Deb Richard practiced for about an hour before yesterday's round, then went out and shot a 4-under-par 67. Richard says she practices about three hours per day.
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Deb Richard had an 8:02 tee time yesterday morning, so she arrived very early at Highland Meadows to work on her game.
So did Emilee Klein, who teed off a little over an hour later.
"I usually warm up for two hours prior to my tee time, which is unusual for most players," Klein said. "I practice my putting for 45 minutes to an hour, then I go hit balls for 45 more minutes and then I come back and chip, maybe hit a few more putts, and then go tee it up.
"I like that practice routine for me, but most girls probably think I'm nuts."
Richard spent only half as much time practicing before her round began.
"I will start off the day by spending 5-7 minutes putting, then 10 minutes hitting little chip shots, bump-and-run shots and some sand wedges. I will spend another 10 minutes or so hitting shots from 30, 40, 50 and 60 yards. I'll probably hit six or seven shots at each yardage. I'll go to the range and I hit about 40 shots when I warm up. Then I will come back and hit a few more putts and I'm ready to go after about an hour.
"I probably hit fewer drivers when I'm practicing than almost any other player out on the LPGA Tour. My thing is, when I'm out there working on things, I'm working on my swing. It's my iron play that's so key. And if I get my swing going on my iron play, the driver's a natural follow."
Richard and Klein benefited from yesterday's early practice session. Both fired 4-under-par 67s in the third round - tying them with Lorie Kane for the low score of the day - to pull themselves back into contention at the Jamie Farr Owens Corning Classic.
Klein had five birdies and one bogey, while Richard's bogey-free round included four birdies. Klein jumped from 36th to a tie for 12th place, while Richard went from 47th to a tie for 15th.
Not bad position, considering the two players carded identical 5-over 76s in the second round.
"Lately I've been putting in four-to-five hours practicing a day just because I want to be in contention," said Klein, a three-time winner whose best finish this season is a tie for 11th. "I had a bad second round and it was all because of bad putting. I haven't been contending lately. The way I play, I feel like I should be.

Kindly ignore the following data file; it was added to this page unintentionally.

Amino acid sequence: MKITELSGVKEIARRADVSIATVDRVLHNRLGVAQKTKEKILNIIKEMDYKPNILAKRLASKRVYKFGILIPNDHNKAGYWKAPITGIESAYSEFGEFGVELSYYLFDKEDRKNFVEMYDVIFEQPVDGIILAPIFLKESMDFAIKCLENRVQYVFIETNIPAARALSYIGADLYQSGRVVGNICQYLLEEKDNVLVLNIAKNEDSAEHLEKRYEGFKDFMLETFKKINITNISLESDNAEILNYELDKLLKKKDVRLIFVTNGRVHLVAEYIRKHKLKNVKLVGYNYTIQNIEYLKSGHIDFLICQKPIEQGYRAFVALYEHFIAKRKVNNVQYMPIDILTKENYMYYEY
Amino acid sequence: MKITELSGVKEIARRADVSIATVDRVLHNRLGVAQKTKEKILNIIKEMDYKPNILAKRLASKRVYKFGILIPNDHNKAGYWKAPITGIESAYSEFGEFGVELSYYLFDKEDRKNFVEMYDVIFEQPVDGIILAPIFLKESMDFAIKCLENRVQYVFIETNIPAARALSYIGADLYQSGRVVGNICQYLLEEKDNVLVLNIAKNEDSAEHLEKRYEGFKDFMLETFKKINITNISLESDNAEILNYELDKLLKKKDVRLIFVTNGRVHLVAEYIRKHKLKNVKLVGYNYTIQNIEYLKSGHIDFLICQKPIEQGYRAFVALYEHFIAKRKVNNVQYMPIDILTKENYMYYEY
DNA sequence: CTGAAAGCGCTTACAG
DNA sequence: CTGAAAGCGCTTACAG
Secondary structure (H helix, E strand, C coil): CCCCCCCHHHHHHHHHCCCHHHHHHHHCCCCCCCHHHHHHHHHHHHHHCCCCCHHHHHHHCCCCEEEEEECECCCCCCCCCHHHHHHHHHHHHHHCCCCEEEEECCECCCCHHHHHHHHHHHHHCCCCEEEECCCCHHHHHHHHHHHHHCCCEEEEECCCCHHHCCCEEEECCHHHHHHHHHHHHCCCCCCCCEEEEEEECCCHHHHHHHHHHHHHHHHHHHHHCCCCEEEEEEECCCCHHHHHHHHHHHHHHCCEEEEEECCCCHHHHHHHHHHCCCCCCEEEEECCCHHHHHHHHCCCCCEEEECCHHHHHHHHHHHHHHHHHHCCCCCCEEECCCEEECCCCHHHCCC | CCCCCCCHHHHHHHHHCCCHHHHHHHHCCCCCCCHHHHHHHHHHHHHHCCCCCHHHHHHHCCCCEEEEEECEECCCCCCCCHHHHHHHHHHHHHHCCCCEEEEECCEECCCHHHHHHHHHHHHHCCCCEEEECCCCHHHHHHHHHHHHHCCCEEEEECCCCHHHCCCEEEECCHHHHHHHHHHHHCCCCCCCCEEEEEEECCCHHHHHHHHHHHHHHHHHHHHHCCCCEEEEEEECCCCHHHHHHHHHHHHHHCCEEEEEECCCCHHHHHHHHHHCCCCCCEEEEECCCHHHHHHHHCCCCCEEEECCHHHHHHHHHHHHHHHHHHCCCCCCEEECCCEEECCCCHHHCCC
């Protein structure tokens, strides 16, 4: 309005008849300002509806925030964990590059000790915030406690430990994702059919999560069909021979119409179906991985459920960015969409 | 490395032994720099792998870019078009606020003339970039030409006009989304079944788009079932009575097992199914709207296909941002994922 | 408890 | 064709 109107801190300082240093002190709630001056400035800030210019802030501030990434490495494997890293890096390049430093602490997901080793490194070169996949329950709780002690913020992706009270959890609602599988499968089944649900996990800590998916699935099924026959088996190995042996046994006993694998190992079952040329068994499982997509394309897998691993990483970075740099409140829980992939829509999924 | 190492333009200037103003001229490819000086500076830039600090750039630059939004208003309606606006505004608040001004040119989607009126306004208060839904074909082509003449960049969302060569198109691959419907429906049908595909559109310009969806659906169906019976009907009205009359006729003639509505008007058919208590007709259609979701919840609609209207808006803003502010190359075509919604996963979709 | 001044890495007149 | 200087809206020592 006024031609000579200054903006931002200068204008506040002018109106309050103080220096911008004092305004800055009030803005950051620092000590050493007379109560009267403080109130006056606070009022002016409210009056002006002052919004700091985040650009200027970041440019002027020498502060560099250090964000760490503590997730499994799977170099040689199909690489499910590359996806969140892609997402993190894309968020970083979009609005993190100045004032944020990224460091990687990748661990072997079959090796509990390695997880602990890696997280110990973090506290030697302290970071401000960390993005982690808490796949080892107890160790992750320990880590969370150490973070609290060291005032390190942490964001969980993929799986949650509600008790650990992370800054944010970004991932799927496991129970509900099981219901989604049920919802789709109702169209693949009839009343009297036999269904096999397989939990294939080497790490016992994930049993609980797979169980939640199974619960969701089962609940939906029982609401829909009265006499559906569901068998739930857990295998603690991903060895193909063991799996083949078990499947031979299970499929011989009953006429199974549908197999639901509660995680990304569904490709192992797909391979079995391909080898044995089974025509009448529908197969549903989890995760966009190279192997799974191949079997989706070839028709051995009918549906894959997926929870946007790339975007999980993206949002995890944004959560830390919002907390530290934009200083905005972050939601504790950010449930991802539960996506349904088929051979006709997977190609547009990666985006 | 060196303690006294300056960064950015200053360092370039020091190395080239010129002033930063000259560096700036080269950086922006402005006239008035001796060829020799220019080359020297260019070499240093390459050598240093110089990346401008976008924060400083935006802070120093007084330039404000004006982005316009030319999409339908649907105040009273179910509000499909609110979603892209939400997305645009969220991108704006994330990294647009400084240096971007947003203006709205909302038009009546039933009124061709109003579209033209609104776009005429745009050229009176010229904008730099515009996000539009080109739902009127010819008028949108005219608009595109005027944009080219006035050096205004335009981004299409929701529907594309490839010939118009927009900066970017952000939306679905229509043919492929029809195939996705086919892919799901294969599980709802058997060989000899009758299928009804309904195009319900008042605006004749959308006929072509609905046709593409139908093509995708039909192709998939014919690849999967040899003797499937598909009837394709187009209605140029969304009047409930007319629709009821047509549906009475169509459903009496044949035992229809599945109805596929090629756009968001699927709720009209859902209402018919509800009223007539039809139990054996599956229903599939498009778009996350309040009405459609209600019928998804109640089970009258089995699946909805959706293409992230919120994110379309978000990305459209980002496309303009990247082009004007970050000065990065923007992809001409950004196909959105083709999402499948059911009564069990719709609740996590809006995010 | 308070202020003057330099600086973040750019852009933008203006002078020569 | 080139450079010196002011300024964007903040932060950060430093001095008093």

"I figure the only way I'm going to get better is if I work harder. There's some people who don't need to practice as much, and that's great. They're lucky. I'm not that kind of person. I have to work hard, but if I put in my time, it will eventually pay off, like it did today."
Richard, who played the last five holes of her second round in 4-over, has five LPGA wins to her credit, the last coming in 1997. Her best finish this year is a tie for 17th.
Like Klein, Richard also works on her game after her round is finished.
"I always practice something, whether it's short game, putting, or hitting some balls," said Richard, who has three top-four finishes in the Farr.
Richard, who practices three hours each day, said her caddie, Tom Konopacki, often gives her tips that may help her swing or her alignment.
"He's my extra set of eyes," she said. "He notices when things are amiss. He notices when things don't look like they normally look."
Tournament leader Karen Stupples, who won last week's Women's British Open at Sunningdale Golf Club in Berkshire, England, hasn't practiced much this week.
She took three days off after her major championship victory on Sunday, and she didn't arrive in town until Wednesday night.
"I did absolutely nothing for three days, except hit a few shots for the TV cameras [back home]," said Stupples, who shot a 68 yesterday, good for a three-shot lead.
"I warmed up Thursday morning like I normally do for about an hour before my round - I hit balls, putted and chipped, and then I teed it up and went. I have used that same routine all three days. I haven't been doing anything in the evening after my round. I've been dead tired."
Contact Ron Musselman at: email@example.com or 419-724-6474.
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